The trick is to hide a poor or contentious design with good presentation.
     
  11. wessex101

    wessex101

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    Ah, that could be a problem. Most Councils will have a specific Planning Policy on side extensions specifically to cover that sort of issue. You will have to sit down and read the policy to see if your proposal complies or whether there is any leeway in the policy. Often the policy documents are written in a very vague manner, full of ambiguities which might give you enough wriggle room to make an argument. Still not necessarily a game changer, there are plenty of successful appeals on proposals that technically breach planning policies.

    As for the neighbours side window. Does it serve a habitable room? and if so is it the only window in that room? Also is it an original window or a recent addition? It will probably only be a problem if the answers are yes to all 3.
     
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  12. hfullwood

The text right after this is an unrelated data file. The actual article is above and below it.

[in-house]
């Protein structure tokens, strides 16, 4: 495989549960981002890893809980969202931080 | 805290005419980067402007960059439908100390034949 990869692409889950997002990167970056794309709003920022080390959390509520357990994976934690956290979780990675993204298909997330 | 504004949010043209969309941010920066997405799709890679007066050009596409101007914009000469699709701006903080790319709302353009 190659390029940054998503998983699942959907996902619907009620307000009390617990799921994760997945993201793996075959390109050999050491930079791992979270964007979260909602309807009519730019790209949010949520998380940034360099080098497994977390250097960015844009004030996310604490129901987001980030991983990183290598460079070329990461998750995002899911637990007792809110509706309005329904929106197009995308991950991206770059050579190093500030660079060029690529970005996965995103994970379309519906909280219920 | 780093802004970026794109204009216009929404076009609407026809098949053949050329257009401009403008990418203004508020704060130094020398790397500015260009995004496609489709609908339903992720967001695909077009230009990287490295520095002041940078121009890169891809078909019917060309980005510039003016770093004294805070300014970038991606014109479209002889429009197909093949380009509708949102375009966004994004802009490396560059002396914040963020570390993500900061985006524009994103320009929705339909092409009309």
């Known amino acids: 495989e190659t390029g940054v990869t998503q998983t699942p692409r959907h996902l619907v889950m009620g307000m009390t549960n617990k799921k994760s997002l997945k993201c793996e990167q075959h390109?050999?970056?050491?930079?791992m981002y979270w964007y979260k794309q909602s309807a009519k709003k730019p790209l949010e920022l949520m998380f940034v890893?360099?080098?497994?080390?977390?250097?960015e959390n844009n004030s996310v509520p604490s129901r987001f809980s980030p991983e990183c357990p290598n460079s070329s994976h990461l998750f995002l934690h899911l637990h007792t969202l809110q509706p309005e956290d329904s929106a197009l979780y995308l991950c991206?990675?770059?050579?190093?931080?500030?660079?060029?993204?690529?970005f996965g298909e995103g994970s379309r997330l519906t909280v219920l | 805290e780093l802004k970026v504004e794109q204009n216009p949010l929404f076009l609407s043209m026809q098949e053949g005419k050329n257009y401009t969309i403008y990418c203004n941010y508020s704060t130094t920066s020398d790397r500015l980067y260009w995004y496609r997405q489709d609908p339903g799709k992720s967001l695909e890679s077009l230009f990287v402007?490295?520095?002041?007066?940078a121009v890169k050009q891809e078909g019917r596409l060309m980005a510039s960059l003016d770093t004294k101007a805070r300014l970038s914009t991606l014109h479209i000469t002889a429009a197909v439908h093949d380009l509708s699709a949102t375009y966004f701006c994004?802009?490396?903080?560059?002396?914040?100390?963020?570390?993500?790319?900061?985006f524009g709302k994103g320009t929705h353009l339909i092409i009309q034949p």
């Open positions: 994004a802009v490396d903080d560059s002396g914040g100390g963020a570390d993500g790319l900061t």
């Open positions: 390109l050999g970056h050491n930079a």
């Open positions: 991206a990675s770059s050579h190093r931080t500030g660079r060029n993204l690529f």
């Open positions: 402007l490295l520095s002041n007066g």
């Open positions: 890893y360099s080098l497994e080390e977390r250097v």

hfullwood

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    Wessez101, the neighbours window is a secondary bedroom window, the main window is on the front of the property. The window is original I believe. The top of their side window is higher than the eaves would be on our property, and we believe that the loss of light to this window would be minimal due to the window being on the north side of the building. We have provided our neighbour the plans and they haven't come back with anything as of yet.

    We have thoroughly read the planning policy, it is very vague and I can't see of any policy statement that could be used to reject our plans. Our planning proposal submitted is thorough and clear and they haven't raised any further information required apart from asking us to amend the width. I just hope it gets approved. Thanks for all the help!
     
  13. LukeB123

    LukeB123

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    If it is a secondary window you will probably be fine on that front as they have another avenue of getting light into the room.